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Gomez v. State

United States District Court, Ninth Circuit

December 18, 2013

KEITH R. GOMEZ, Petitioner,
v.
STATE OF WASHINGTON. Respondent.

REPORT AND RECOMMENDATION

J. RICHARD CREATURA, Magistrate Judge.

The District Court has referred this 28 U.S.C. § 1361 writ of mandamus to United States Magistrate Judge J. Richard Creatura. The Court's authority for the referral is 28 U.S.C. § 636(b)(1)(A) and (B), and local Magistrate Judge Rules MJR3 and MJR4.

Petitioner asks that the Court order the Washington State Supreme Court Clerk's Office to file a document as a motion for discretionary review (ECF No. 1, Proposed Writ of Mandamus). The Court recommends dismissing this writ prior to service because the Court lacks jurisdiction to entertain a writ compelling a state official to act. By it very terms 28 U.S.C. 1361 applies to federal employees and their agents, not state actors.

FACTS

Petitioner explains that he filed a motion for discretionary review and the Washington State Supreme Court Commissioner denied his motion. Petitioner alleges that the Commissioner only addressed three of his four claims (ECF No. 1, proposed petition). When petitioner tried to raise this issue the clerk's office filed his pleading as a motion to modify the Commissioner's ruling and the Washington State Supreme Court denied petitioner's motion without comment ( id. ).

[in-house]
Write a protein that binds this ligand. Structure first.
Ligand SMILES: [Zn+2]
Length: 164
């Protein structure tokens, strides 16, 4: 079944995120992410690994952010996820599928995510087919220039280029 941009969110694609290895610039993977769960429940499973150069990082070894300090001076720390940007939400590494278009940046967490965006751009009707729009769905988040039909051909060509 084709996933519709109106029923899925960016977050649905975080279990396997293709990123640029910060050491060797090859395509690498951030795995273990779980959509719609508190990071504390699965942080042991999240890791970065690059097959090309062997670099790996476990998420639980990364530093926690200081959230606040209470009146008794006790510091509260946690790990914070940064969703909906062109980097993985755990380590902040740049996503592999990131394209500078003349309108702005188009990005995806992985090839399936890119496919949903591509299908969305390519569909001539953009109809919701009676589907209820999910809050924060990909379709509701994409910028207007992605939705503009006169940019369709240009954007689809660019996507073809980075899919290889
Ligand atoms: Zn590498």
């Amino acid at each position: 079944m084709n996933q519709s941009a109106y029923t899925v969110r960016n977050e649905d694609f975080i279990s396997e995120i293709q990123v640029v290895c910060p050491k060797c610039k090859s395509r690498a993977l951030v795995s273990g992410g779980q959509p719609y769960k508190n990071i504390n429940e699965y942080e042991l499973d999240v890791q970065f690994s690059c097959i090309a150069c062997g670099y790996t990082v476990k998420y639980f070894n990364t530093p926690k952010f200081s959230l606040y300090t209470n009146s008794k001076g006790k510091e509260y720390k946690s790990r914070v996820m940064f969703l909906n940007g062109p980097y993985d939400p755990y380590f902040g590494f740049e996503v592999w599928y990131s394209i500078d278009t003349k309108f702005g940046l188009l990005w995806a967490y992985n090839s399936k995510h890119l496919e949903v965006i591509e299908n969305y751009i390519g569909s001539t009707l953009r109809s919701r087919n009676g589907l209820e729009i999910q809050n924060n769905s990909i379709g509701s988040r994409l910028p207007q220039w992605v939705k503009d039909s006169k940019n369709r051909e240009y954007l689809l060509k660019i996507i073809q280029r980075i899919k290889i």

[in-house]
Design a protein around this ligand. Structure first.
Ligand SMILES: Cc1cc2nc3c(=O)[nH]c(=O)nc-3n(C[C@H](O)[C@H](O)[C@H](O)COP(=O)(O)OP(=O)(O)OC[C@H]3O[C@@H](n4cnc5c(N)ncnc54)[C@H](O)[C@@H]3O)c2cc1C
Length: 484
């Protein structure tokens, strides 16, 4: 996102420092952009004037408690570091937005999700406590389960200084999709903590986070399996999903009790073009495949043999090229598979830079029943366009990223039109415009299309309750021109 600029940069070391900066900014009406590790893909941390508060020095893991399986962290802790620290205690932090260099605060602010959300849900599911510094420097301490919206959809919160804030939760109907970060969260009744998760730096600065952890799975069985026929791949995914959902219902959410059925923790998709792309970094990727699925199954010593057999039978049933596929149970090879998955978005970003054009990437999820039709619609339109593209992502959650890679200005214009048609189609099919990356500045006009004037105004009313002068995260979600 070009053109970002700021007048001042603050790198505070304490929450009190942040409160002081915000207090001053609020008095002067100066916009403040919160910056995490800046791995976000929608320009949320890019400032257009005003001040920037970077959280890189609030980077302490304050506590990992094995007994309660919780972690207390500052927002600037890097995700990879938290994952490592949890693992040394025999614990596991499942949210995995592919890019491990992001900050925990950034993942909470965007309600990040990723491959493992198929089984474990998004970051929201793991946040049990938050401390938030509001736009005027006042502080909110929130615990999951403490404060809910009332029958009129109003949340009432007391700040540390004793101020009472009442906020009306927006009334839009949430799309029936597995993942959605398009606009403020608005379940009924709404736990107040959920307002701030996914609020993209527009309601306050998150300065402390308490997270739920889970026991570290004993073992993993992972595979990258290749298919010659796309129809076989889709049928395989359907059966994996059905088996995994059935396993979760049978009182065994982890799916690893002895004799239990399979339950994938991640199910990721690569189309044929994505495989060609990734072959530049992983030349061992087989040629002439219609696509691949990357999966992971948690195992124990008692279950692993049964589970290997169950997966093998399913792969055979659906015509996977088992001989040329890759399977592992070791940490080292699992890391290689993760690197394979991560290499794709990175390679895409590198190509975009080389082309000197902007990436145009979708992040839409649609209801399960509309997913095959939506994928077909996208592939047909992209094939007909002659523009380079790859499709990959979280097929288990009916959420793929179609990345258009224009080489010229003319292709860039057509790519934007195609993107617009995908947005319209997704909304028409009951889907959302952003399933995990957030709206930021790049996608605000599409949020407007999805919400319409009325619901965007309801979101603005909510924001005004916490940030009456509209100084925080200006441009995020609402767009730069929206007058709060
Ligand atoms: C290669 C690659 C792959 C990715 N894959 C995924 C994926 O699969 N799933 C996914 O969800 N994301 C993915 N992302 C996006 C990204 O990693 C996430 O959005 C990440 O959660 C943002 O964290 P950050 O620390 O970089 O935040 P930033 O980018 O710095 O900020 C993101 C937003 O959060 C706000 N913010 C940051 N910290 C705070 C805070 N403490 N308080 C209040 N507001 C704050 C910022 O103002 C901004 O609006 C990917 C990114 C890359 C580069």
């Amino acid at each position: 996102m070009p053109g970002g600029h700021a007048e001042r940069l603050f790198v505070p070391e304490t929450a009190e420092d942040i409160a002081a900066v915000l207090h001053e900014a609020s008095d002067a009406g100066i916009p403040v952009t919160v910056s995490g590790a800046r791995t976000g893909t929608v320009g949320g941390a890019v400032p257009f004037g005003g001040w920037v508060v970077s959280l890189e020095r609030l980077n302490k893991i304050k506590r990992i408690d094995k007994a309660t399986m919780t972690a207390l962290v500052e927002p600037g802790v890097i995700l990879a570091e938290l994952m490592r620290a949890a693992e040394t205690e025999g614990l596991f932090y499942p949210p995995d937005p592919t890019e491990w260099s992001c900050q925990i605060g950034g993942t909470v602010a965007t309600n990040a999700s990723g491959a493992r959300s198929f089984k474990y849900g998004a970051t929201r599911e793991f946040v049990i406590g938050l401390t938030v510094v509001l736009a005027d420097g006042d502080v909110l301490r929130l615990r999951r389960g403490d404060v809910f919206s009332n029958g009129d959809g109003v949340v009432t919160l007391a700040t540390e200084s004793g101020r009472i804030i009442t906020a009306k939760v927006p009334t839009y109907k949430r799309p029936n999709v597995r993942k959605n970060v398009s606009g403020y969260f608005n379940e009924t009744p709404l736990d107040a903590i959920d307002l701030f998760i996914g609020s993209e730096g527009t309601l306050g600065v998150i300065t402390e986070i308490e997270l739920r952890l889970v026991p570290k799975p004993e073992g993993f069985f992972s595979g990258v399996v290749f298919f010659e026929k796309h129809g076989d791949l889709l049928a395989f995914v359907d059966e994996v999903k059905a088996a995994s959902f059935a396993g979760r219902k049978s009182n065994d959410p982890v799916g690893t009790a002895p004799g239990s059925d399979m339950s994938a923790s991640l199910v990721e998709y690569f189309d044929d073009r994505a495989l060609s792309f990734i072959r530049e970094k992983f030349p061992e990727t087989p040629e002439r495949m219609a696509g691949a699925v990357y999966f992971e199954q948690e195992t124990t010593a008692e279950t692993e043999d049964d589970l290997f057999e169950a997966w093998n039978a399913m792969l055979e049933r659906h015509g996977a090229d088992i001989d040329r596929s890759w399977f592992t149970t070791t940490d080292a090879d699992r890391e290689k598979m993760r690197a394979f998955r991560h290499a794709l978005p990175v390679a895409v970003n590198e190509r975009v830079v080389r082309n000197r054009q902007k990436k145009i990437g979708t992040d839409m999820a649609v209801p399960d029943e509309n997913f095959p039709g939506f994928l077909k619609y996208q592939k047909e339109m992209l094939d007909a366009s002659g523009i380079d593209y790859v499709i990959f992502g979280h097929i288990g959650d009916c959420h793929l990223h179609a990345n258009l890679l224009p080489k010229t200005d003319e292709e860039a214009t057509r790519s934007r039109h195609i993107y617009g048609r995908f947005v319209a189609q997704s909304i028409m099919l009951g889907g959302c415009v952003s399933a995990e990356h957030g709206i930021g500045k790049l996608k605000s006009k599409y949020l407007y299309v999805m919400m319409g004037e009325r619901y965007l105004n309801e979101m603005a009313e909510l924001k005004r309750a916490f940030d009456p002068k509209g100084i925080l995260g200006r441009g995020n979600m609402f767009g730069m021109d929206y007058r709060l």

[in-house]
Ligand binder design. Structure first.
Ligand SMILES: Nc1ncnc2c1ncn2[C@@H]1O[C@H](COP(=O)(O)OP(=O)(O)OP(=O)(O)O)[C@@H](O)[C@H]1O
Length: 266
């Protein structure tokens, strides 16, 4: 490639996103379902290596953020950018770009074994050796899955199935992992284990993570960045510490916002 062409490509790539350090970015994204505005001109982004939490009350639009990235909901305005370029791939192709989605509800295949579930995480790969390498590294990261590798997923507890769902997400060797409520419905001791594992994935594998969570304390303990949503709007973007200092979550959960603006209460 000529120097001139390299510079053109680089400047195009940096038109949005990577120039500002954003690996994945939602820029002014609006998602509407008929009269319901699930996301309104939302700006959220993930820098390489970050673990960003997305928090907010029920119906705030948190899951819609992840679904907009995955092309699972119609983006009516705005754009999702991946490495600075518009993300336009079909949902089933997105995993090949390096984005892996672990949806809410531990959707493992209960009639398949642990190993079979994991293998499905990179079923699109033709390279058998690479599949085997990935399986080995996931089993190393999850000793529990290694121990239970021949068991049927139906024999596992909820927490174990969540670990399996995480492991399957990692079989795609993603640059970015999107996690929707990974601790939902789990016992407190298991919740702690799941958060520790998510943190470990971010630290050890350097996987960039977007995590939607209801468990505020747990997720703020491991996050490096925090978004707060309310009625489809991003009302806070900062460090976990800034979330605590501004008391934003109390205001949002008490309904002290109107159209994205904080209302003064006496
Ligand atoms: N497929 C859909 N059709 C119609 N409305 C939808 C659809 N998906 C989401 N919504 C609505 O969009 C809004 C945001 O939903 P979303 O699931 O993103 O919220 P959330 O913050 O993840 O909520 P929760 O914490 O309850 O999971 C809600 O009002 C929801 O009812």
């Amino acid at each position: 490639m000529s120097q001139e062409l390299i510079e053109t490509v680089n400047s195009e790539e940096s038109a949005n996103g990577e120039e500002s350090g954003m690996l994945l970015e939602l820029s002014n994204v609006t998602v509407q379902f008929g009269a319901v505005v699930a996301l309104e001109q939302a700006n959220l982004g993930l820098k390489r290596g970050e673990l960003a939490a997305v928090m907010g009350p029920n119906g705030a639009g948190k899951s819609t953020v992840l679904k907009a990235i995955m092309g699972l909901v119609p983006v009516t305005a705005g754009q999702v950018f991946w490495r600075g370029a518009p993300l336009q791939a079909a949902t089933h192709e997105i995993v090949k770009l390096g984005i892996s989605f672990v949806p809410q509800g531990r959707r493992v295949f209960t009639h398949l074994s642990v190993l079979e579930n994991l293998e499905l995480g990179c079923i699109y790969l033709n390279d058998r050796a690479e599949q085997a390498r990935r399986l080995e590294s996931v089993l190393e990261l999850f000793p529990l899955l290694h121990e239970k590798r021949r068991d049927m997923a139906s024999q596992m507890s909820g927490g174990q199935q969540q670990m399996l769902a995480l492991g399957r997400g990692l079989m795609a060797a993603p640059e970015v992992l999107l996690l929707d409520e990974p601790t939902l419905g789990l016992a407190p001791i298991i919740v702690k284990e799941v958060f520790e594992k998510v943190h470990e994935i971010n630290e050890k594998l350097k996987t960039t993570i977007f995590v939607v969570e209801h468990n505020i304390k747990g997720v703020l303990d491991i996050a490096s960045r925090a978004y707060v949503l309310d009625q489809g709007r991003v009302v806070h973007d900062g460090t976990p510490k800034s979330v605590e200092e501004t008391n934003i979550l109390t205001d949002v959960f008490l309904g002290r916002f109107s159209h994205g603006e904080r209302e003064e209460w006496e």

Petitioner now seeks to have the Court order the Washington State Supreme Court Clerk's Office file his pleading as a motion for discretionary review. Plaintiff has filed this action as a writ of mandamus.

DISCUSSION

28 U.S.C. § 1361 does not give this Court jurisdiction to issue a writ of mandamus to compel action by a state official. See, 28 U.S.C. § 1361 (district court has jurisdiction over mandamus action only to compel officers of the United States to perform their duties); Taylor v. Hayman, 435 Fed. Appx., 62, 63 (3rd, Cir. 2011); ( Adkins v. Sapien, 2006 WL 1875382 (10th Cir. 2006) (no relief against state officials is afforded pursuant to 28 U.S.C. § 1361). Leave to file an amended petition is not necessary in this case because this defect cannot be cured by amendment. The Court recommends that this petition be dismissed prior to service.

Pursuant to 28 U.S.C. § 636(b)(1) and Fed.R.Civ.P. 72(b), the parties shall have fourteen (14) days from service of this Report to file written objections. See also Fed.R.Civ.P. 6. Failure to file objections will result in a waiver of those objections for purposes of de novo review by the district judge. See 28 U.S.C. § 636(b)(1)(C). Accommodating the time limit imposed by Fed.R.Civ.P. 72(b), the clerk is directed to set the matter for consideration on January 10, 2014, as noted in the caption.


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